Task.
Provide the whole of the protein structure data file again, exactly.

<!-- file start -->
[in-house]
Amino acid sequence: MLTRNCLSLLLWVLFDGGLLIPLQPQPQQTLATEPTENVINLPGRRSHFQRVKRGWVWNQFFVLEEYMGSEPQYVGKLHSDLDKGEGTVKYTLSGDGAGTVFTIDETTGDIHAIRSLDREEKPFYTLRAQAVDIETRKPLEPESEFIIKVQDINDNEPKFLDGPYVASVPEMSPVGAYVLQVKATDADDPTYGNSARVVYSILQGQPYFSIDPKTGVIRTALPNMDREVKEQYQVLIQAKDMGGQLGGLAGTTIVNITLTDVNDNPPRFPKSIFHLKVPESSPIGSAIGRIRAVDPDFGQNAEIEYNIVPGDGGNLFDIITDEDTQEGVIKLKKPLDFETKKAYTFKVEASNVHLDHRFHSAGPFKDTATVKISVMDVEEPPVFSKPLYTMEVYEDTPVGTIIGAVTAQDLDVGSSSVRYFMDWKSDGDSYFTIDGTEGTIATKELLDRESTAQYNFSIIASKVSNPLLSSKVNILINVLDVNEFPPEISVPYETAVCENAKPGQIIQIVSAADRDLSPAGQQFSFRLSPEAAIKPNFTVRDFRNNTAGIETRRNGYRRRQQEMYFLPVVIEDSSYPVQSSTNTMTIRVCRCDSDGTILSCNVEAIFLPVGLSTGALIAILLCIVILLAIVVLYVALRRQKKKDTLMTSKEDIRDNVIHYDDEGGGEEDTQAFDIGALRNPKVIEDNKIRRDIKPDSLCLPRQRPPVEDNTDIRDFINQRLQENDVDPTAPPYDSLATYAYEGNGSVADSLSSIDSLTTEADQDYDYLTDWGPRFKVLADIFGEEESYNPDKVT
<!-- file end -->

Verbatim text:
[in-house]
Amino acid sequence: MLTRNCLSLLLWVLFDGGLLIPLQPQPQQTLATEPTENVINLPGRRSHFQRVKRGWVWNQFFVLEEYMGSEPQYVGKLHSDLDKGEGTVKYTLSGDGAGTVFTIDETTGDIHAIRSLDREEKPFYTLRAQAVDIETRKPLEPESEFIIKVQDINDNEPKFLDGPYVASVPEMSPVGAYVLQVKATDADDPTYGNSARVVYSILQGQPYFSIDPKTGVIRTALPNMDREVKEQYQVLIQAKDMGGQLGGLAGTTIVNITLTDVNDNPPRFPKSIFHLKVPESSPIGSAIGRIRAVDPDFGQNAEIEYNIVPGDGGNLFDIITDEDTQEGVIKLKKPLDFETKKAYTFKVEASNVHLDHRFHSAGPFKDTATVKISVMDVEEPPVFSKPLYTMEVYEDTPVGTIIGAVTAQDLDVGSSSVRYFMDWKSDGDSYFTIDGTEGTIATKELLDRESTAQYNFSIIASKVSNPLLSSKVNILINVLDVNEFPPEISVPYETAVCENAKPGQIIQIVSAADRDLSPAGQQFSFRLSPEAAIKPNFTVRDFRNNTAGIETRRNGYRRRQQEMYFLPVVIEDSSYPVQSSTNTMTIRVCRCDSDGTILSCNVEAIFLPVGLSTGALIAILLCIVILLAIVVLYVALRRQKKKDTLMTSKEDIRDNVIHYDDEGGGEEDTQAFDIGALRNPKVIEDNKIRRDIKPDSLCLPRQRPPVEDNTDIRDFINQRLQENDVDPTAPPYDSLATYAYEGNGSVADSLSSIDSLTTEADQDYDYLTDWGPRFKVLADIFGEEESYNPDKVT